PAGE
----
Document Type

Article

Publication Date

8-2015

Abstract

Background: Psychosocial stress has been hypothesized to impact renal changes, but this hypothesis has not been adequately tested. The aim of this study was to examine the relationship between psychosocial stress and estimated glomerular filtration rate (eGFR) and to examine other predictors of eGFR changes among persons with diabetes mellitus (DM).
Methods: Data from a survey conducted in 2005 by a major health maintenance organization located in the southeastern part of the United States, linked to patients’ clinical and pharmacy records (n ¼ 575) from 2005 to 2008, was used. Study participants were working adults aged 25–59 years, diagnosed with DM but without advanced microvascular or macrovascular complications. eGFR was estimated using the Modification of Diet in Renal Disease equation. A latent psychosocial stress variable was created from five psychosocial stress subscales. Using a growth factor model in a structural equation framework, we estimated the association between psychosocial stress and eGFR while controlling for important covariates. Results: The psychosocial stress variable was not directly associated with eGFR in the final model. Factors found to be associated with changes in eGFR were age, race, insulin use, and mean arterial pressure.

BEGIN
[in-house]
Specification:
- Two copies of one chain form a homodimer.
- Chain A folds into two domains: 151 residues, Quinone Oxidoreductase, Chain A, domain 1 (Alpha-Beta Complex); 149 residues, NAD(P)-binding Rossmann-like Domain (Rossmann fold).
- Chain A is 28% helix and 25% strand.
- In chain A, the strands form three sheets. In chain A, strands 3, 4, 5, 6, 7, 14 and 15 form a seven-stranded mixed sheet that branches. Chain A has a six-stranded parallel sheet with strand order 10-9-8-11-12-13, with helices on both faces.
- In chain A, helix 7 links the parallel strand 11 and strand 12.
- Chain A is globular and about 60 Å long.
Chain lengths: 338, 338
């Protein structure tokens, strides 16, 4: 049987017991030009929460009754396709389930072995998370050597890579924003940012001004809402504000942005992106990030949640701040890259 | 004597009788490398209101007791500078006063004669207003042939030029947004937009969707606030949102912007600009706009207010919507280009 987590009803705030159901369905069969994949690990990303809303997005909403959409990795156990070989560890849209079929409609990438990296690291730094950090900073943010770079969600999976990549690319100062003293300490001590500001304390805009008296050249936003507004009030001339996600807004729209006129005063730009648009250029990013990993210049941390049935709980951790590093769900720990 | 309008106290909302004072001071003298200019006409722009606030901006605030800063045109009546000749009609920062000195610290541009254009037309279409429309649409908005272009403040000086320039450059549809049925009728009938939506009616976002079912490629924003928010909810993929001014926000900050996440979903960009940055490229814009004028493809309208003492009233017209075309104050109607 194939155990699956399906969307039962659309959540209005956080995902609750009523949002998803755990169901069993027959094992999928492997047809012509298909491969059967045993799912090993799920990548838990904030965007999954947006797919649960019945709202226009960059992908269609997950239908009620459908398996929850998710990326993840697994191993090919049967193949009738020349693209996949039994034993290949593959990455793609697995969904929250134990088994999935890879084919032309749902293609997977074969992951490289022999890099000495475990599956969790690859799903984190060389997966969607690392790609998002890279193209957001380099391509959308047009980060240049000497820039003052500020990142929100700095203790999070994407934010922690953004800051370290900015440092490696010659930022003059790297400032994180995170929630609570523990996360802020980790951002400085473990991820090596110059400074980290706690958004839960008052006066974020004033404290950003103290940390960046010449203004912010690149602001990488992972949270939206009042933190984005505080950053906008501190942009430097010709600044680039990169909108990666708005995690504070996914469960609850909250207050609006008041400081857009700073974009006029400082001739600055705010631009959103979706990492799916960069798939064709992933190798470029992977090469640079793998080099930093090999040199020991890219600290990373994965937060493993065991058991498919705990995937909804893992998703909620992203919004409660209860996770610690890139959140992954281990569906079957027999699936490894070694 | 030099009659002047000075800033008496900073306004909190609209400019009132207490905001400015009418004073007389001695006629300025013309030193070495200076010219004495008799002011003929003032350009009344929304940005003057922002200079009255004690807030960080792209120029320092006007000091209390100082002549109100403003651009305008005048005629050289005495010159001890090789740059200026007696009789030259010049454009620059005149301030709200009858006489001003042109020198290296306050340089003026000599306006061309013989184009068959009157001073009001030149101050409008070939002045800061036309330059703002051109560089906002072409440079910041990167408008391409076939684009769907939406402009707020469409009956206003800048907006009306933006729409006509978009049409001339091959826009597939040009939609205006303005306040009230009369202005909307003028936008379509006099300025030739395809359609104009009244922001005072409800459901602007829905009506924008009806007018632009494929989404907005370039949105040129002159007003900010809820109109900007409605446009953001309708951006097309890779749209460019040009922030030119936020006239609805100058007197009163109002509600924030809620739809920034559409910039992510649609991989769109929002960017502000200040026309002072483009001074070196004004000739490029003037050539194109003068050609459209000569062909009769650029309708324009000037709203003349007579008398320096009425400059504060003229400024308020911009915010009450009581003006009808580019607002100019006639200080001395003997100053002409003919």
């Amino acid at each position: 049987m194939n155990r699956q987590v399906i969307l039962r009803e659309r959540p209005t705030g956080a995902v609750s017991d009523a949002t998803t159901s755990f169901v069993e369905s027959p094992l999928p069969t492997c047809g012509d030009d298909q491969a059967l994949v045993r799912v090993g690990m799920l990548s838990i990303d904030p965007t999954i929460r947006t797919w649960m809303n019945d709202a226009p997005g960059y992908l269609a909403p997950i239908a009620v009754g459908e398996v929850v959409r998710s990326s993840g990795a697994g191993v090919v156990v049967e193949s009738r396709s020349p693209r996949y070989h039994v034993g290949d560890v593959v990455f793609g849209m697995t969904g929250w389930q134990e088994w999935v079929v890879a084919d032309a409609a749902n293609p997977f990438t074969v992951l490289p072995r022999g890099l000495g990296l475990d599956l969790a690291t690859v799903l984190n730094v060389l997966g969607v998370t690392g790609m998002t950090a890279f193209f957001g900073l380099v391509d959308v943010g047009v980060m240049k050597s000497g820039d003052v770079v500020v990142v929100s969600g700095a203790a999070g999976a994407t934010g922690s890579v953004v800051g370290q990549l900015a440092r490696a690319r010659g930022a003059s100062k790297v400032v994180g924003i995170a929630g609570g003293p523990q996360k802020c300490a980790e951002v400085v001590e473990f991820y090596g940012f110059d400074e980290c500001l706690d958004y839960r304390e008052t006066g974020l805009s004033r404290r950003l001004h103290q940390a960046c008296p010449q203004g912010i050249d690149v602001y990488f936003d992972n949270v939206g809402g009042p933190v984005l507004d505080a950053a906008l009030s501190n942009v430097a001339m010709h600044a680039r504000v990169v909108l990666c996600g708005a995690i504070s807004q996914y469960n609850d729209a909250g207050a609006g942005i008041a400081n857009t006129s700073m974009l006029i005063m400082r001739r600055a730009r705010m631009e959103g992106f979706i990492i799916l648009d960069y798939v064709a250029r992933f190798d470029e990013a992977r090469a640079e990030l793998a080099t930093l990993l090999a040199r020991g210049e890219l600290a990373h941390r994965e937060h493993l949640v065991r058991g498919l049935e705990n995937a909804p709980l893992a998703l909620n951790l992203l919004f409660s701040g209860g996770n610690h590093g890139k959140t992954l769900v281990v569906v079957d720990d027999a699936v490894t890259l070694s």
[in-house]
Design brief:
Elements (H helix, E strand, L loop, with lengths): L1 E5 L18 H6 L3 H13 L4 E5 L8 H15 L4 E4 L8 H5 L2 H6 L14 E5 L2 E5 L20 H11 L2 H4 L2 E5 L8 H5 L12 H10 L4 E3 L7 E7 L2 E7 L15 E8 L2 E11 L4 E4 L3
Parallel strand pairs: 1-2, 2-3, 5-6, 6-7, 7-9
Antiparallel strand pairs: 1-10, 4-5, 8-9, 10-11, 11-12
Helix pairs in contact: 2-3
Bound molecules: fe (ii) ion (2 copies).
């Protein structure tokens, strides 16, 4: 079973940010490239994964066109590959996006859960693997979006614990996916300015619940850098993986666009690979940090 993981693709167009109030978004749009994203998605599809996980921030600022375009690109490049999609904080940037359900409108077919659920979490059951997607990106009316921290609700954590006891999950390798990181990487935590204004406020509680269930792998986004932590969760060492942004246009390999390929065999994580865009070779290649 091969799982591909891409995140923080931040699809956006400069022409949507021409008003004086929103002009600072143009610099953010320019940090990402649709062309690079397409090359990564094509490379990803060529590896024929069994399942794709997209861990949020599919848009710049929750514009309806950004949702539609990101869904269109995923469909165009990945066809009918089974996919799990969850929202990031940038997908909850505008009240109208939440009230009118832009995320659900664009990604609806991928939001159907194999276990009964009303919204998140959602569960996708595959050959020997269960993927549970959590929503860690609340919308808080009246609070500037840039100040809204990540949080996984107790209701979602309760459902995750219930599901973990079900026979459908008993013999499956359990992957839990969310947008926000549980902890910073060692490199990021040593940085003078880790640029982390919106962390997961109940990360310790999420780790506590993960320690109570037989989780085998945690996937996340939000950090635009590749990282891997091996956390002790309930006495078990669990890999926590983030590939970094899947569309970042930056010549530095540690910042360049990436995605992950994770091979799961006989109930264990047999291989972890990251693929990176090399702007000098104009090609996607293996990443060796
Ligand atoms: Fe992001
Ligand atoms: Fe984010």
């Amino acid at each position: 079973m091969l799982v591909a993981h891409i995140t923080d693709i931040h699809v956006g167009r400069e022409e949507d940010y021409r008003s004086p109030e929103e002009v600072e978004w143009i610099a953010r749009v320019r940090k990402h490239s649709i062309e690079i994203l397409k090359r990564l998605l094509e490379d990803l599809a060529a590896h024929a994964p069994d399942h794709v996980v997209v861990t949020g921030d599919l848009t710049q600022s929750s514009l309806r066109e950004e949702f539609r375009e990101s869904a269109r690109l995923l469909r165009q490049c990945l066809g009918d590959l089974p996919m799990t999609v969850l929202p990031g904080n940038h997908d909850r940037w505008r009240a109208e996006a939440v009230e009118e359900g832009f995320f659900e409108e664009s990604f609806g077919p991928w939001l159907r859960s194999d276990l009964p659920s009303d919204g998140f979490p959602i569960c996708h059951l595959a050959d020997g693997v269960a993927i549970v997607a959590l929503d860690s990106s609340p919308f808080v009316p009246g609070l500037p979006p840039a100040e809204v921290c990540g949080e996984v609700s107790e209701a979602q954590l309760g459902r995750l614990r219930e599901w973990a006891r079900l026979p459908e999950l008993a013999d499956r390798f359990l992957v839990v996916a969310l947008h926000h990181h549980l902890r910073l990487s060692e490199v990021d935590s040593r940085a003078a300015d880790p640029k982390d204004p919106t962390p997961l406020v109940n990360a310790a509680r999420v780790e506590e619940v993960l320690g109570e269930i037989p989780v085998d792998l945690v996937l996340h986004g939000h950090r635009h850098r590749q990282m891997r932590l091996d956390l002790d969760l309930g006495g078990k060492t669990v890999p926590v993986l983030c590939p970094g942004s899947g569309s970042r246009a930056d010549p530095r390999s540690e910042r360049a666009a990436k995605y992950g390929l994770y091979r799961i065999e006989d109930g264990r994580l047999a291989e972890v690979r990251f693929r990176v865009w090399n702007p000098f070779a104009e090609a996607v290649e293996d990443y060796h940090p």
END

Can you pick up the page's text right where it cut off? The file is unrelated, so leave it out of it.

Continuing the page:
Conclusion: Among fairly healthy DM patients, we did not find any evidence of a direct association between psychosocial stress and eGFR changes after controlling for important covariates. Predictors of eGFR change in our population included age, race, insulin use, and mean arterial pressure.

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Originally Published in:

Kidney Res Clin Pract, 34 (3), 146-53. doi: http://dx.doi.org/10.1016/j.krcp.2015.07.002

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